Zune pay-to-share rumors floated again

A Zune fan site is reporting on a Microsoft patent filing that describes a system for paying Zune users commissions for sharing a song that the recipient ends up buying.

ZuneScene, a fan site devoted to Microsoft's portable music player, is reporting on a Microsoft patent filing that describes a system for compensating Zune users for sharing music wirelessly.

Microsoft

The idea: if I send you a song, it expires after 3 days or 3 plays, regardless of where I got it from (my own CD collection, a file-sharing network, a Zune Marketplace download). If you decide you like that song and buy it from the Zune Marketplace, I get a small commission--probably points good for buying other songs from the Marketplace.

This isn't news: Engadget reported on it back in November, and the patent filing is from December 2005. But ZuneScene does make one interesting point that earlier commenters missed: this system would allow Microsoft (and content owners) to earn money from the huge traffic of free files on file-sharing sites and elsewhere. Zune applies copy-protection technology to formerly unprotected files, and if users decide to pay the bill, suddenly there's monetary value where there was none before. Sounds pretty appealing for content owners.

It's an interesting idea, and it certainly could help make Zune's sharing features a little less lame--the 3 days/3 plays restriction is a non-starter, but if I get a kickback for sending you a song, I might be a little more inclined to do so. But I haven't heard any confirmation that Microsoft's planning to do this, and I know there's a long list of other features they're considering adding.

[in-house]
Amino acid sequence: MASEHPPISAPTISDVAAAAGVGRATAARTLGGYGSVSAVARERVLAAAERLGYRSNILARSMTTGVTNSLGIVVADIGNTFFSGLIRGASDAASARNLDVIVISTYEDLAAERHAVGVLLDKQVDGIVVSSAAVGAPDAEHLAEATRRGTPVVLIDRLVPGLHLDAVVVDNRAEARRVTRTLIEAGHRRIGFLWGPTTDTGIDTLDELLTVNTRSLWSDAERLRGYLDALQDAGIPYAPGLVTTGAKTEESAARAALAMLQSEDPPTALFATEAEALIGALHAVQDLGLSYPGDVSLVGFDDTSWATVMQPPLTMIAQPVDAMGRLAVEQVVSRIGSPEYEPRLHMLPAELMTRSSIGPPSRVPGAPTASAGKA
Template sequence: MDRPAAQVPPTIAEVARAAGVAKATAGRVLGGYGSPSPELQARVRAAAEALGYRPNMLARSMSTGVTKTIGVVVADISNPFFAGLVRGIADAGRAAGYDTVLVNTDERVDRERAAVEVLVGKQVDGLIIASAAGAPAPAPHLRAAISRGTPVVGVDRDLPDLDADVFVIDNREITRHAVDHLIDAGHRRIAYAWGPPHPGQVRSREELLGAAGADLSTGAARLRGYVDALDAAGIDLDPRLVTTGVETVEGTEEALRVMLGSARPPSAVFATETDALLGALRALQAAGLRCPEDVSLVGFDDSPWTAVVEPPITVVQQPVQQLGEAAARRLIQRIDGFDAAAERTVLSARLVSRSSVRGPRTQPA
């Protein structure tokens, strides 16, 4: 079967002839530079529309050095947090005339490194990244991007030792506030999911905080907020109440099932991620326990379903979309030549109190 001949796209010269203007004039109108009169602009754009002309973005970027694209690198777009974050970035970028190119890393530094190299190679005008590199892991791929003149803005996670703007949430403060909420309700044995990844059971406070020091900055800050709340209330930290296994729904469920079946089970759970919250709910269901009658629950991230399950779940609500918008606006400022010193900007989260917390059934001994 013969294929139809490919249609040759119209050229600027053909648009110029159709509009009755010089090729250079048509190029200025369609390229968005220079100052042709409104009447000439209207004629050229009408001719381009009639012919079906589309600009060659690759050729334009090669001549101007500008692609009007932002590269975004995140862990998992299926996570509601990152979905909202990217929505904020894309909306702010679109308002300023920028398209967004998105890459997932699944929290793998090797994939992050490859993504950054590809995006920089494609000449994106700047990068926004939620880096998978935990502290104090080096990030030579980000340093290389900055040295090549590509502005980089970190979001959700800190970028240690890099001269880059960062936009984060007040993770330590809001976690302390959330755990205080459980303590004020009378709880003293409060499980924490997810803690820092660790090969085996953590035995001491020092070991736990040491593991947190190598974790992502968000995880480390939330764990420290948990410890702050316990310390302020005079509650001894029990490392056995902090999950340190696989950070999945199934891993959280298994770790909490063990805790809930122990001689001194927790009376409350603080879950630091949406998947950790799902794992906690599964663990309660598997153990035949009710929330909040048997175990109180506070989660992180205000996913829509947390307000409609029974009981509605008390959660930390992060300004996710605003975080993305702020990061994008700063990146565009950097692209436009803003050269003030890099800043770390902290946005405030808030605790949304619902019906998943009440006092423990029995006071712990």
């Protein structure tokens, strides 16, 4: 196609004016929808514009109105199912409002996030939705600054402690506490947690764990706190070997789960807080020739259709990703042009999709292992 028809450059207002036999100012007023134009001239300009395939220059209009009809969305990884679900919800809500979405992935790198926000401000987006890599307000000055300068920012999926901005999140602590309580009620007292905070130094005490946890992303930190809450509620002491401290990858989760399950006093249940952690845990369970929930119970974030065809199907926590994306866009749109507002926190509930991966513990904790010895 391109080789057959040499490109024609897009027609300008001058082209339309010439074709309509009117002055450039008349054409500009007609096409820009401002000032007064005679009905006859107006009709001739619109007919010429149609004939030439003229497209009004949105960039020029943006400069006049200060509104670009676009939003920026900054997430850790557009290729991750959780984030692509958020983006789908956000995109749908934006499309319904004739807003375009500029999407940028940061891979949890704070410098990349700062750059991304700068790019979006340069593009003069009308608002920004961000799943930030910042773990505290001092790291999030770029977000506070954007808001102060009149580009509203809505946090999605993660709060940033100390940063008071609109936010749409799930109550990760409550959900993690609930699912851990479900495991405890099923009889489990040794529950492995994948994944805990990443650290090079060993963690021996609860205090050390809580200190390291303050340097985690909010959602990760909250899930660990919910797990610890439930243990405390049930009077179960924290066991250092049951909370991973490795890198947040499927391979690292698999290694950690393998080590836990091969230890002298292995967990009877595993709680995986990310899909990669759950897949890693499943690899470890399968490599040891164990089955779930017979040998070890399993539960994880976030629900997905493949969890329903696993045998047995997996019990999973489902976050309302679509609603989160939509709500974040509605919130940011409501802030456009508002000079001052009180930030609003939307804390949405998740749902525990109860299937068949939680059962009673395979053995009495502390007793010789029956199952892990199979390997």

For what it's worth, ZuneScene's also reporting that the next-generation Zunes--an 80GB hard drive model and smaller flash-based model--are in production and will go on sale some time in the next couple months. Again, I've heard no confirmation from Microsoft on this, but it makes sense that they'd want to get the next iteration out in time for holiday 2007.

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About the author

    Matt Rosoff is an analyst with Directions on Microsoft, where he covers Microsoft's consumer products and corporate news. He's written about the technology industry since 1995, and reviewed the first Rio MP3 player for CNET.com in 1998. He is a member of the CNET Blog Network. Disclosure. You can follow Matt on Twitter @mattrosoff.

     

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